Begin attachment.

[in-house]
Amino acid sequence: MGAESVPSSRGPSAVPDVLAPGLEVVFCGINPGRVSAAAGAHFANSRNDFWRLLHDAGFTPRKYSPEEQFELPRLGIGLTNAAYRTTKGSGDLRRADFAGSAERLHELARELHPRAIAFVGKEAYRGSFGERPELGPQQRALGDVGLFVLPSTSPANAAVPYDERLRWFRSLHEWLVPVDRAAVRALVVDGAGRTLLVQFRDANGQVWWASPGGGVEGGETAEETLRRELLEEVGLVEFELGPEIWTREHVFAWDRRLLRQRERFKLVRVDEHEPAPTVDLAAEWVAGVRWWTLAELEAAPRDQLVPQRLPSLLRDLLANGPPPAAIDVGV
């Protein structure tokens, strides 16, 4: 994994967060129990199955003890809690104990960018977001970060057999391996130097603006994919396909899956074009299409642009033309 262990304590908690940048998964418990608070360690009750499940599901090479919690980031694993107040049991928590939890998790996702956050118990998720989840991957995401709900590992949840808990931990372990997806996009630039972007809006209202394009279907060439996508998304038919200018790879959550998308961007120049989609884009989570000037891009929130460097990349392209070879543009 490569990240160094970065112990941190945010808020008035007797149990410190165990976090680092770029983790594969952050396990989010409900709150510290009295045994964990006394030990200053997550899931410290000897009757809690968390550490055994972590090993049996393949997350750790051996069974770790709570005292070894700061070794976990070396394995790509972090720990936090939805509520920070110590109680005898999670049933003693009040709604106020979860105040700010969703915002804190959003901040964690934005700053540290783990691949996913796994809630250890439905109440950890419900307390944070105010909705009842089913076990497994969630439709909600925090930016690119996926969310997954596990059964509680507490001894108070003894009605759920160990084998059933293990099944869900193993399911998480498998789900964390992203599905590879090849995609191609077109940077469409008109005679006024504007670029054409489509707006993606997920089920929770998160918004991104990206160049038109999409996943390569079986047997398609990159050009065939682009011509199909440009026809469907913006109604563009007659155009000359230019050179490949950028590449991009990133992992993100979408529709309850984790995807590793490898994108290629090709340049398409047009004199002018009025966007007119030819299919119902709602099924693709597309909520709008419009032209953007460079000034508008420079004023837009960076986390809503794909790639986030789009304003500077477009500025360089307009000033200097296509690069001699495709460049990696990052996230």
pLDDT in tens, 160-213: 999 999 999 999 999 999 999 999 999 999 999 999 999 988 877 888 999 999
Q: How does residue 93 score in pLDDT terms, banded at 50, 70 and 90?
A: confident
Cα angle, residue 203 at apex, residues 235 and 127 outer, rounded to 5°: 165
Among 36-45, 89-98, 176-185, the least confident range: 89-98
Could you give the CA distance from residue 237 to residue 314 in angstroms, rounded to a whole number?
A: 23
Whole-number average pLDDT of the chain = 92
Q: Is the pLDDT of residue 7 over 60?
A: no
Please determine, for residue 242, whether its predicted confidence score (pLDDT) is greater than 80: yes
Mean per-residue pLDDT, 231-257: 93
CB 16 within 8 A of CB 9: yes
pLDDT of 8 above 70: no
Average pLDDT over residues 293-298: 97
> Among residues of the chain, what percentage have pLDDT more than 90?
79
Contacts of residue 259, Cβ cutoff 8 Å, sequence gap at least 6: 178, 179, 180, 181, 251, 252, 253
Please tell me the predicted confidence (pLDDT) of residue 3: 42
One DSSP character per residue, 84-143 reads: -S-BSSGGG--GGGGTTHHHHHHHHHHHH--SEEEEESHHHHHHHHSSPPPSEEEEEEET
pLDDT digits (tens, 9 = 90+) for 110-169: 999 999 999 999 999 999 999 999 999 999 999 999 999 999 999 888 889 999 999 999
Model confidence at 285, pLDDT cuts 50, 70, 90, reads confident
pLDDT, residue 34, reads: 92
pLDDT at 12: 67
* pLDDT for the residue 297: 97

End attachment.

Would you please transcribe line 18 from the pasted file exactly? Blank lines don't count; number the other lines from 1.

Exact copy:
Average pLDDT over residues 293-298: 97